In the California desert, near Joshua Tree and 29 Palms stands a strange domed building that is the focus of belief in UFOs, conspiracy theories, and a small part of the birth of the counter-culture and emergence of New Age ideas. Calling All Earthlings is a documentary that uses that building to look at the time it was built—and also a bit of what faith can look like.
In the 1950s, aerospace engineer George Van Tassel met a visitor from Venus who took him onto his spaceship and revealed the secret of rejuvenation to him. It is from this that Van Tassel got the plans to build the Integratron. This building would create an energy field that would make it possible for people to live much longer lives. While the construction was going on, Van Tassel hosted an annual Interplanetary Spacecraft Convention which drew thousands of people to the desert.
Since this is at the height of the Cold War, this also attracted the attention of the FBI (in part because of letters from local people) as a possible front for Communist activity. When Van Tassel died shortly before the planned activation of the Integratron, many wondered if foul play was involved.
This sounds like it belongs in The X-Files. Filmmaker Jonathan Berman talks with both skeptics and believers as he explores the meaning of this building in the middle of nowhere. I expect this film will be met by some with head shaking that anyone would buy into this, but also by some who will find vindication for their belief in things beyond our understanding.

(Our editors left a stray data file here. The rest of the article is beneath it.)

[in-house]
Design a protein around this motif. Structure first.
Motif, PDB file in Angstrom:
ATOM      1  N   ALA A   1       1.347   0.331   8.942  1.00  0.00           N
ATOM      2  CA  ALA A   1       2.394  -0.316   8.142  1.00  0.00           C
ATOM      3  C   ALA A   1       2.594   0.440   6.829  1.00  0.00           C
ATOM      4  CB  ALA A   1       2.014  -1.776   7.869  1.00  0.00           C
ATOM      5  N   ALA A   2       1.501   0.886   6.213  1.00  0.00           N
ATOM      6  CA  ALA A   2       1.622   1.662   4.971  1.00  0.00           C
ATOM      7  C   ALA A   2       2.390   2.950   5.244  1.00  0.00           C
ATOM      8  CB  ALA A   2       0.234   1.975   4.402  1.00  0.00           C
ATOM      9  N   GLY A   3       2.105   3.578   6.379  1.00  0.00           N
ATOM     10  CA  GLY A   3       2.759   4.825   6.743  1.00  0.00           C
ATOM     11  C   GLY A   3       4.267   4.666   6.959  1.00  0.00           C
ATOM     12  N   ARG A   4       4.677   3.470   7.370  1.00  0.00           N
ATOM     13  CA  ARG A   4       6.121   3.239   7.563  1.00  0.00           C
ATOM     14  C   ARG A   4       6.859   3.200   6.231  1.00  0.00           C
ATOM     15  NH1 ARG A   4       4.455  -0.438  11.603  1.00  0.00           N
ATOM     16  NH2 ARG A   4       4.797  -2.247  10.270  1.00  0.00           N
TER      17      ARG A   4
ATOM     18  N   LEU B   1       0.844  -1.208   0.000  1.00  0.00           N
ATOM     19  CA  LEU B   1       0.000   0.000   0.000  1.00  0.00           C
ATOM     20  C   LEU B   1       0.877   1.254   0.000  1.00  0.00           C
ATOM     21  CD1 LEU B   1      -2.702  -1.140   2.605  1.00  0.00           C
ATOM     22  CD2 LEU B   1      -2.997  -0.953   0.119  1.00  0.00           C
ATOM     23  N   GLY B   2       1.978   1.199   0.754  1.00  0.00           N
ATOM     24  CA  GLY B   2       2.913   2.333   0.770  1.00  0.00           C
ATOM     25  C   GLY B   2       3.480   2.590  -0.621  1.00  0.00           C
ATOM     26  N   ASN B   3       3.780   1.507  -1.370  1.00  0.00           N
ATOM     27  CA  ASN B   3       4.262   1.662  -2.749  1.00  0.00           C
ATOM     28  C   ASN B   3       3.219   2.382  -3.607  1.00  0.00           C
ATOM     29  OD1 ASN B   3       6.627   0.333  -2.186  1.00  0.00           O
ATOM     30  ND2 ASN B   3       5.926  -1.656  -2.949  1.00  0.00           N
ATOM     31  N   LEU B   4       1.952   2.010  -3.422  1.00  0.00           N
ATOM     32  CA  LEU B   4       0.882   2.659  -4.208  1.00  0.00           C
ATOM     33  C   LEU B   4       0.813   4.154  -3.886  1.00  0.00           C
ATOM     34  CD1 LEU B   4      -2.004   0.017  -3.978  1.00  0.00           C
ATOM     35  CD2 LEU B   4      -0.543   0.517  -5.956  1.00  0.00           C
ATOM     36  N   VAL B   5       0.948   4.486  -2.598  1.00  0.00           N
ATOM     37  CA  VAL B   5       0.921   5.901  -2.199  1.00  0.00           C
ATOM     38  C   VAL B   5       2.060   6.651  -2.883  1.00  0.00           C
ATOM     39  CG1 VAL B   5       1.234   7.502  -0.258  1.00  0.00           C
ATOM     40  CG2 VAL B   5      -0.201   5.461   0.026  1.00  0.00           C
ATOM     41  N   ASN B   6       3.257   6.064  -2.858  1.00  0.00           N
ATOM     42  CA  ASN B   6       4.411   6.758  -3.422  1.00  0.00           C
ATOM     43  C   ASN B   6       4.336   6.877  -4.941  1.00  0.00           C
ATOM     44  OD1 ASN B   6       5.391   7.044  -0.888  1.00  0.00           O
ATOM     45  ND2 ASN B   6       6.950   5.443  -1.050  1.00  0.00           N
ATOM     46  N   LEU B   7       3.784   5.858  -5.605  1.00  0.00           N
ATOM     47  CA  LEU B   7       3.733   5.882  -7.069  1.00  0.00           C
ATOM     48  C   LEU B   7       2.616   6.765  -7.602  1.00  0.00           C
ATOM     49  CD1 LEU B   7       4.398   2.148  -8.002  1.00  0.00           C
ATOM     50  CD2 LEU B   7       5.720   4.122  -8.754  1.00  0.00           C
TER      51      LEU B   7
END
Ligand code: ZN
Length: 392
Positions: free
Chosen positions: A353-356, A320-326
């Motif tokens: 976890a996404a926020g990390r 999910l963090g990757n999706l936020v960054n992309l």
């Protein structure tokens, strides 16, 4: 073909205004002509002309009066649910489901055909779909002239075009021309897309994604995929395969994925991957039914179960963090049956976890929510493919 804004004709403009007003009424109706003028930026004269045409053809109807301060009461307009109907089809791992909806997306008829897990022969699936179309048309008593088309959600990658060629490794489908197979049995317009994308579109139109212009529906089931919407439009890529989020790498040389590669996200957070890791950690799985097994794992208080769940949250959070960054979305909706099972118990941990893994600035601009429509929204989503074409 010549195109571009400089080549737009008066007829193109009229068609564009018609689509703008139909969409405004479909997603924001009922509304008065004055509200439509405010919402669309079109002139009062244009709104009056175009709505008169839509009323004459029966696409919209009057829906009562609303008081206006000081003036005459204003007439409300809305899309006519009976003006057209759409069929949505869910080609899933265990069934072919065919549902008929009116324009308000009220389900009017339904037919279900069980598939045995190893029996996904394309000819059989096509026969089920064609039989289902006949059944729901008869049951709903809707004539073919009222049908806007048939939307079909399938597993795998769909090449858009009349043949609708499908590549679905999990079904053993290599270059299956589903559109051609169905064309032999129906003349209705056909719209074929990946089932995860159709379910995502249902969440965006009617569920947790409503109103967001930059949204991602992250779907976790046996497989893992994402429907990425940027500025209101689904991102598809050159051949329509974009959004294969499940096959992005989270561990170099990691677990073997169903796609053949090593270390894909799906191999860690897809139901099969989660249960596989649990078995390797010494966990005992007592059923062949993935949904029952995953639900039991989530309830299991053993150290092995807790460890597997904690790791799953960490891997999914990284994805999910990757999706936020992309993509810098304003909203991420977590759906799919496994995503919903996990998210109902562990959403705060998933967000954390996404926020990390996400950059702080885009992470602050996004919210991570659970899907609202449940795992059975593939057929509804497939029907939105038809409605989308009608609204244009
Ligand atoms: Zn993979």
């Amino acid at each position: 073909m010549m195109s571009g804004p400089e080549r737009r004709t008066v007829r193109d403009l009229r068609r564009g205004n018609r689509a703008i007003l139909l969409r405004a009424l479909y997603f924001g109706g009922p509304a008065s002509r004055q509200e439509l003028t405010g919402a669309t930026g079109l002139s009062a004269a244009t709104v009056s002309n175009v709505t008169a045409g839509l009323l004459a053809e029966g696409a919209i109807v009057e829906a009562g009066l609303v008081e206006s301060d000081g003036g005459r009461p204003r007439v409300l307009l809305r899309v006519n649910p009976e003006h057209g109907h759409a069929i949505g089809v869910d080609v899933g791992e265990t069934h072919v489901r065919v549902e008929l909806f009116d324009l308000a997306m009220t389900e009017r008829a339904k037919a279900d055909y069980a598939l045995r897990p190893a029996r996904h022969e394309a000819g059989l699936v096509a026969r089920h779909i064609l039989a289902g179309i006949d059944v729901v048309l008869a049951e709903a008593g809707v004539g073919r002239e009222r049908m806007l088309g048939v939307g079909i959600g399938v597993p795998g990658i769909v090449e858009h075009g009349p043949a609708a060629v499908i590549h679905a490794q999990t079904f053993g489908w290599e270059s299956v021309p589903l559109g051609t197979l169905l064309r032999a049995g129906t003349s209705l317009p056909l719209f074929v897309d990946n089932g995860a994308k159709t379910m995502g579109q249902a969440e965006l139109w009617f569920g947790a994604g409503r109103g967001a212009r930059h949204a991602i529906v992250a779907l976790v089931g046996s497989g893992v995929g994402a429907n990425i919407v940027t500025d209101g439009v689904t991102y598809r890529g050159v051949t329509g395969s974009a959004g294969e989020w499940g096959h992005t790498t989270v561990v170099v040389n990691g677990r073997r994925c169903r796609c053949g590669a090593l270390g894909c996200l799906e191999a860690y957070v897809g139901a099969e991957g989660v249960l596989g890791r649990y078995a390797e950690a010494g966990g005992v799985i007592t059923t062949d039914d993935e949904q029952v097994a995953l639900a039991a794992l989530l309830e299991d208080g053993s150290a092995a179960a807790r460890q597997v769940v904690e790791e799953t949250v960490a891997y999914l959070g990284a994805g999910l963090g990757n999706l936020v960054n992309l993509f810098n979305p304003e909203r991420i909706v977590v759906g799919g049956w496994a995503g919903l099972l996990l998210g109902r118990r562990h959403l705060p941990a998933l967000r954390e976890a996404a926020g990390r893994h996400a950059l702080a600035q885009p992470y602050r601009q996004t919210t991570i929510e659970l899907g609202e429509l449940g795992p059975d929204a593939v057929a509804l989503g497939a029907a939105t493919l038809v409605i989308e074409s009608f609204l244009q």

Put me with the head shakers. But I also thought as I was watching this that these people, with their acceptance of something that seems so absolutely ludicrous, are a model of what many people of faith seem like to those outside of faith. When people of faith tell stories of a man walking on water or feeding 5000 with five loaves of bread and two fish, or when we hear Paul (or Mohammed [pbuh] in another faith tradition) speak of being taken up into heaven, do we seem just as ludicrous as the Intergratron faithful seem to me? Which raises a question that the film never quite gets to—what is the nature of belief? It is that question that I would suggest people consider as they watch the film.
Photos courtesy of filmmaker Copyright 2018 Carpe Stella Productions